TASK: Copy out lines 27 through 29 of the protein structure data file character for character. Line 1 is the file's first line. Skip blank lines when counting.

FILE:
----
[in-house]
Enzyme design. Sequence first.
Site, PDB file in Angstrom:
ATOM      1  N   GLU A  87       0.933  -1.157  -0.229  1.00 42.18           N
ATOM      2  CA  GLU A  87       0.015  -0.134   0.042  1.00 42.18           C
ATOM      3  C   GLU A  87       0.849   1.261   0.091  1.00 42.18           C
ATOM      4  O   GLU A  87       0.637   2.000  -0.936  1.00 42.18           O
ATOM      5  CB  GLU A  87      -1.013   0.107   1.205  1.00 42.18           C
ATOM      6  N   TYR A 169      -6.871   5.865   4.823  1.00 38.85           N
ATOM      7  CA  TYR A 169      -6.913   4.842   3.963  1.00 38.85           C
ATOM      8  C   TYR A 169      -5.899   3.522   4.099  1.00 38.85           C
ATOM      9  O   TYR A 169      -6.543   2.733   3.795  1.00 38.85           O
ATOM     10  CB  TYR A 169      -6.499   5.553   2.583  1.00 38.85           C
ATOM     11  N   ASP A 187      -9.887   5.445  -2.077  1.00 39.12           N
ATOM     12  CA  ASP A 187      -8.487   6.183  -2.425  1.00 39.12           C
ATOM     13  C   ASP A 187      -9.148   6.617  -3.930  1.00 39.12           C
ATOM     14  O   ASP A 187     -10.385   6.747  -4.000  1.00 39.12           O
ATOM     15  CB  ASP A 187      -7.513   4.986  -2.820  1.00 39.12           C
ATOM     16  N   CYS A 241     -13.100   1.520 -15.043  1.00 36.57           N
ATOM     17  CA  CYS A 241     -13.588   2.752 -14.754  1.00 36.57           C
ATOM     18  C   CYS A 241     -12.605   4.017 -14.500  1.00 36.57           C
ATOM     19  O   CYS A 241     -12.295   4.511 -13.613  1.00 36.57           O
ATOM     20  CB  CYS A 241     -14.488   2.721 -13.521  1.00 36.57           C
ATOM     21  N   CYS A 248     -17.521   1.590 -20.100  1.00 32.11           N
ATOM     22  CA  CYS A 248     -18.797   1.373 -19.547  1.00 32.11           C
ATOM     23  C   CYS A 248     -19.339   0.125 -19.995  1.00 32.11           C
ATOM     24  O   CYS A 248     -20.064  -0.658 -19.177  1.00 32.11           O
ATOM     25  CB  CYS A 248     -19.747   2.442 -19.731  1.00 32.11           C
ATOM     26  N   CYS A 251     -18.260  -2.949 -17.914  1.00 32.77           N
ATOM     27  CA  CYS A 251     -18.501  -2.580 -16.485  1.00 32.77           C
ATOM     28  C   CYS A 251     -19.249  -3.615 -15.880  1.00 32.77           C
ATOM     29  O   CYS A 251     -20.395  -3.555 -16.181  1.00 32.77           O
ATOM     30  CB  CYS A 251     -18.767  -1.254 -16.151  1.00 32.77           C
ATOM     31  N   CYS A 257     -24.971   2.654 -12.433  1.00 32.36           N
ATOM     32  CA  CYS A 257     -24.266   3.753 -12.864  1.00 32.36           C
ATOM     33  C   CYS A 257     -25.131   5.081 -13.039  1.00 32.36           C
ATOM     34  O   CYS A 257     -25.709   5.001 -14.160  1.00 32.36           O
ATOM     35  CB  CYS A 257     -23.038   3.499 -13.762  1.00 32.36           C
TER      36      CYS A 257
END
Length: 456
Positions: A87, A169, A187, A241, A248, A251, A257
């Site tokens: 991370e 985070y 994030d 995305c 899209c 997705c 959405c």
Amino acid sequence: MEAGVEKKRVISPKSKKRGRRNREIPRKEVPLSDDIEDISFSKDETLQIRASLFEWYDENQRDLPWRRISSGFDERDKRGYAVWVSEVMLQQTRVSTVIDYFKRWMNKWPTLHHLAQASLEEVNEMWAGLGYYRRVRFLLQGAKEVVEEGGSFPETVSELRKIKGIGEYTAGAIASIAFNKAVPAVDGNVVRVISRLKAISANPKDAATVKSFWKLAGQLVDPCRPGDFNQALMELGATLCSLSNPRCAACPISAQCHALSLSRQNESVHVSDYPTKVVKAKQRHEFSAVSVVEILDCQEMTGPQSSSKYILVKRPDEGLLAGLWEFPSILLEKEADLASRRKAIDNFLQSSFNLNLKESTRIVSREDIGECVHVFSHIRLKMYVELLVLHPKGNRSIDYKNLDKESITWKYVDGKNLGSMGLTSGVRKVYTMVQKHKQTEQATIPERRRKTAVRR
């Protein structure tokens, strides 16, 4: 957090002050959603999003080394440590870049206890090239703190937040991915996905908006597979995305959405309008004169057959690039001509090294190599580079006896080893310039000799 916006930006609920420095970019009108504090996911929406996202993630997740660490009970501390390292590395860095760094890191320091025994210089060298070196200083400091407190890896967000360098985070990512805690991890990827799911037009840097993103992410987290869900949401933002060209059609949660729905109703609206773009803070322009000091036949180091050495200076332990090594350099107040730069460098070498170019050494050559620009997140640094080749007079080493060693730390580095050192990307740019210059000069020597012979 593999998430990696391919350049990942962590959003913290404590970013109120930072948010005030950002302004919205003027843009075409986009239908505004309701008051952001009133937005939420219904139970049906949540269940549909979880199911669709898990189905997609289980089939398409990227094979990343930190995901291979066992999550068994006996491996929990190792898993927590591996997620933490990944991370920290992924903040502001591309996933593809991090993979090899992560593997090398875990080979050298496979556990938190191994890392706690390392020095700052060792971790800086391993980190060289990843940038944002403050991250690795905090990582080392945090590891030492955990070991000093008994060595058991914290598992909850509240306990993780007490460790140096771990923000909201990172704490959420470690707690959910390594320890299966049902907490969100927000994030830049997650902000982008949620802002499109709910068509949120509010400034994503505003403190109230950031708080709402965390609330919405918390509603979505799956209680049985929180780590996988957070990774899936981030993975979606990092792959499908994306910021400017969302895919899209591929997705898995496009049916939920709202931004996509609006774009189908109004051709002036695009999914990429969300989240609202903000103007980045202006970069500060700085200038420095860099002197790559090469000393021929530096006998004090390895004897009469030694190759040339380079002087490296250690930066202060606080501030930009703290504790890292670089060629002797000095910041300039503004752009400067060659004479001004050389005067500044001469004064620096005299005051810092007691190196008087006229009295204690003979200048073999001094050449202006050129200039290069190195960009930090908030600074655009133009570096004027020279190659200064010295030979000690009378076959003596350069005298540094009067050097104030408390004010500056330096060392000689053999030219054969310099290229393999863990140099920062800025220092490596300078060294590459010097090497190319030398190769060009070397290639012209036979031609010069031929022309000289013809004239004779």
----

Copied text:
ATOM     24  O   CYS A 248     -20.064  -0.658 -19.177  1.00 32.11           O
ATOM     25  CB  CYS A 248     -19.747   2.442 -19.731  1.00 32.11           C
ATOM     26  N   CYS A 251     -18.260  -2.949 -17.914  1.00 32.77           N